The U.S. Department of Agriculture’s Rural Utilities Service (RUS) published a Notice of Inquiry this morning, asking the public for advice on how to organize a $600 million “e-Connectivity” pilot program. The new program would provide loans and grants for rural broadband projects, supplementing existing RUS Rural Broadband and Community Connect programs.
The inquiry asks whether the e-Connectivity pilot should encourage partnerships among RUS-funded utilities and other community organizations. Specifically, it asks “how to evaluate the viability of applications that include local utility partnership arrangements, including locally owned telecommunications companies where possible.”
USDA was one of the sponsors of a recent “e-Connectivity listening tour” stop in Faribault, MN, where rural electric and telephone companies described successful broadband partnerships in the Upper Midwest. Speakers at the session discussed how combining electric resources with telephone company broadband network construction experience made the difference in extending fiber-fed high-speed internet to previously unserved homes.
The notice of inquiry also raises the issue of speed versus affordability. Current RUS regulation, like the FCC’s Connect America Fund (CAF), requires that internet providers build networks supporting 10 Mbps downstream and 1 Mbps upstream. However, the FCC’s Phase II CAF auction, which began earlier this week, gives significant preference to bids by providers who plan fiber-to-the-home construction at speeds much faster than 25 Mbps downstream/3 Mbps upstream, which is the FCC’s standard for Section 706 reporting purposes. Satellite and fixed wireless companies participating in the auction have opposed those preferences.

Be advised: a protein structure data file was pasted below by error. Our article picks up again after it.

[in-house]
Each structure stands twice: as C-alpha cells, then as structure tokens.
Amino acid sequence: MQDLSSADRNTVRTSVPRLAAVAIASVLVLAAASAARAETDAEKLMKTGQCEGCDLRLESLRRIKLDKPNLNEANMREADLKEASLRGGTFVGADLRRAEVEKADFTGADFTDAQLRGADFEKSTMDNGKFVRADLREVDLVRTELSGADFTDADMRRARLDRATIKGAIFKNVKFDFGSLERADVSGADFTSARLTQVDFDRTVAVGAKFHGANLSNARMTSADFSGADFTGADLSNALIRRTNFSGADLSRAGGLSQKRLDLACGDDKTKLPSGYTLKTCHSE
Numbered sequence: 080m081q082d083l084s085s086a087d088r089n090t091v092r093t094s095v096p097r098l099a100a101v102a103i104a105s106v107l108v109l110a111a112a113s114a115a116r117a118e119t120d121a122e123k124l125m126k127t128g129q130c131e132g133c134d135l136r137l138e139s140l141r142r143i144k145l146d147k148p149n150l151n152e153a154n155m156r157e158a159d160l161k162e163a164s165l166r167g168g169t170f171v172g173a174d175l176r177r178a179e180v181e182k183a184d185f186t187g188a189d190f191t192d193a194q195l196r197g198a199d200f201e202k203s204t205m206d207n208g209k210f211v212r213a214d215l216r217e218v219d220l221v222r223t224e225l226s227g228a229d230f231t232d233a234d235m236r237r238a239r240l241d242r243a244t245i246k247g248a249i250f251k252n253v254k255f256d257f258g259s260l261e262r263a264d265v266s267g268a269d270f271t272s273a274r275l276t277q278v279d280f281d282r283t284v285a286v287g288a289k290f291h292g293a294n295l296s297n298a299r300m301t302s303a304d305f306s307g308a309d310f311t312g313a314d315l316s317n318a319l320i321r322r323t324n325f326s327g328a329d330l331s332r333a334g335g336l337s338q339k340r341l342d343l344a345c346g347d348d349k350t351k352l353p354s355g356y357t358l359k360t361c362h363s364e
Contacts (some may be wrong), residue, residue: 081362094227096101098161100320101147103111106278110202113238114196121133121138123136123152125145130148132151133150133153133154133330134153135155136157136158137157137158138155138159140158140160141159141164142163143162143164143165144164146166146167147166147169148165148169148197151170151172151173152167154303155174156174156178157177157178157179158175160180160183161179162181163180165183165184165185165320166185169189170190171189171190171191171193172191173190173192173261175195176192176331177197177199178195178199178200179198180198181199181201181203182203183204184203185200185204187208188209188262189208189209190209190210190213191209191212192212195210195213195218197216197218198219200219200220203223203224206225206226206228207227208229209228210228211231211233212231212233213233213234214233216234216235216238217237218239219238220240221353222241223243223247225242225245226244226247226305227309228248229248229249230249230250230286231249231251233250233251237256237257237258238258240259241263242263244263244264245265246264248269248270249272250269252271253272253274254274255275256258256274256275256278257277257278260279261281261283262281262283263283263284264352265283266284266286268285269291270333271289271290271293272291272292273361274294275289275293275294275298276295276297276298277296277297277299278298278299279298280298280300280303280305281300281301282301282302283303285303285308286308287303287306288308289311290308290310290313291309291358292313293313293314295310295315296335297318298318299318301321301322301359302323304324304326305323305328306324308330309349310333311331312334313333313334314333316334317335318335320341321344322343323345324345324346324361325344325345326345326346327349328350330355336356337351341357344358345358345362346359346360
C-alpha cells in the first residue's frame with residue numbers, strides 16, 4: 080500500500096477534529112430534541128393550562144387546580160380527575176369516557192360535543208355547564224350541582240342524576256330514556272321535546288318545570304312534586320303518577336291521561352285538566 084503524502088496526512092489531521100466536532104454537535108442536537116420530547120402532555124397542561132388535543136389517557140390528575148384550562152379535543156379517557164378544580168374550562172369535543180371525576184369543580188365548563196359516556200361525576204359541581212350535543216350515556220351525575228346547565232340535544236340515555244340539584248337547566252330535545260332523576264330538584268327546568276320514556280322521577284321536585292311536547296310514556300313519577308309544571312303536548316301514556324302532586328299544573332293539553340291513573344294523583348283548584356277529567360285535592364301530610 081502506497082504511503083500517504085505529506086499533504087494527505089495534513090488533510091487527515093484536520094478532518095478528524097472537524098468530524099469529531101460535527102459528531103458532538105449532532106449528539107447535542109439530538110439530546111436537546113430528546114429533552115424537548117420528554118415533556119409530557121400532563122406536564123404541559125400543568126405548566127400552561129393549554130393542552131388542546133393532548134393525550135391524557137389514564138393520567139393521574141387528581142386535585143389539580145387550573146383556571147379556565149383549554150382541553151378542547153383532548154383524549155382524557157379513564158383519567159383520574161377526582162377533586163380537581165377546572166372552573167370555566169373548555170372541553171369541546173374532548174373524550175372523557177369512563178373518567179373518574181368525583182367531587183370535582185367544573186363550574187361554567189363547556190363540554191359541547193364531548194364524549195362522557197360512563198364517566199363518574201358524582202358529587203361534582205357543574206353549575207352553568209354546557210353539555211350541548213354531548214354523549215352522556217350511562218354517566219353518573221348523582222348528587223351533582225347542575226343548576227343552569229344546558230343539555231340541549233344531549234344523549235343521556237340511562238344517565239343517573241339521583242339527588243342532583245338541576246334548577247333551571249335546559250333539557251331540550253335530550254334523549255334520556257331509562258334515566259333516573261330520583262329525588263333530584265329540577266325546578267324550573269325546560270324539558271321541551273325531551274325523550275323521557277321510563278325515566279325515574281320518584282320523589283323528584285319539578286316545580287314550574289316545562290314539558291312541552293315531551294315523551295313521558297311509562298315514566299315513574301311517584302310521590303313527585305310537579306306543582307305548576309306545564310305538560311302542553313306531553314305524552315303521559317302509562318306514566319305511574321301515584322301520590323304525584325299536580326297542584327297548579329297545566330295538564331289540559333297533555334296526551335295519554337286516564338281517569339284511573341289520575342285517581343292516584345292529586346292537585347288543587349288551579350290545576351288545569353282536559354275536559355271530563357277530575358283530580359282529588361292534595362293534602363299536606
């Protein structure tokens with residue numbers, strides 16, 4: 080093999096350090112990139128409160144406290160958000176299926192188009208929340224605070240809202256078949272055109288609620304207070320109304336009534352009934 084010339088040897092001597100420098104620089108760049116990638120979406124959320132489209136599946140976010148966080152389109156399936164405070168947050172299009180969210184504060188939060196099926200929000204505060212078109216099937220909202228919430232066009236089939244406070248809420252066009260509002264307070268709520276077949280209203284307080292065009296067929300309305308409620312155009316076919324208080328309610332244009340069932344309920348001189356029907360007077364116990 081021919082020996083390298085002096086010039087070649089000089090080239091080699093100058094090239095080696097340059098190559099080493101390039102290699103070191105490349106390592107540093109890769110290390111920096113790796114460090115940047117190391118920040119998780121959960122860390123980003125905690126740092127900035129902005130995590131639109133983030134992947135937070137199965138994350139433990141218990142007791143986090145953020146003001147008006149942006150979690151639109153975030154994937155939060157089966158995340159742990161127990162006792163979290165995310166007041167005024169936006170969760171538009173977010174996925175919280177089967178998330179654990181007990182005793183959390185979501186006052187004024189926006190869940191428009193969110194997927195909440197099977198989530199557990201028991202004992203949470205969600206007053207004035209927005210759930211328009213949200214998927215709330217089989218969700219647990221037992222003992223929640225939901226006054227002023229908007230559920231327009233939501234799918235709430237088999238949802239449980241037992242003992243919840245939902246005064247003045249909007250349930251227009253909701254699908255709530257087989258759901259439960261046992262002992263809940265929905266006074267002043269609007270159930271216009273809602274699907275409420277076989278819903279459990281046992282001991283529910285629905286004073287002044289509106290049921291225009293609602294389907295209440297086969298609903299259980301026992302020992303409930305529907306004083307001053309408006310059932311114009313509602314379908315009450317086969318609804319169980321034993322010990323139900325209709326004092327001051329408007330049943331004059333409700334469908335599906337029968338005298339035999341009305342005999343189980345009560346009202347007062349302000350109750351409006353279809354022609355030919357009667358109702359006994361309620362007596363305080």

RUS asks whether the e-connectivity pilot should place the same priority on speed or “whether affordability of service should be included in evaluating whether an area already has ‘sufficient access’ … What equates to consumers' costs being so high that they are effectively rendered inaccessible to rural households?”
The Faribault e-Connectivity session also touched on the affordability question. Speakers representing extremely remote sections of Wisconsin and Minnesota where fiber networks are not yet feasible, described how comparatively slower satellite and fixed wireless connections can make a dramatic difference for residents there.
The RUS notice asks about other issues, including:
- Whether there are ways accurately locate rural areas that currently have access to 10/1 Mbps service. RUS currently uses the National Broadband Map and other government sources for that information but seeks privately owned sources as well.
- Beyond minimum benchmark speeds, RUS seeks information about other needed technical performance requirements, such as latency levels. What are the performance levels “required for economic development … especially in peak usage hours, to ensure rural premises have access to coverage similar to that offered in urban areas?”
- What publicly available information will shed light on how broadband access will promote rural prosperity? “This includes projects that benefit rural industries such as agriculture, manufacturing, e-commerce, transportation, health care, and education.”
RUS says it will accept public comments through Sept. 10.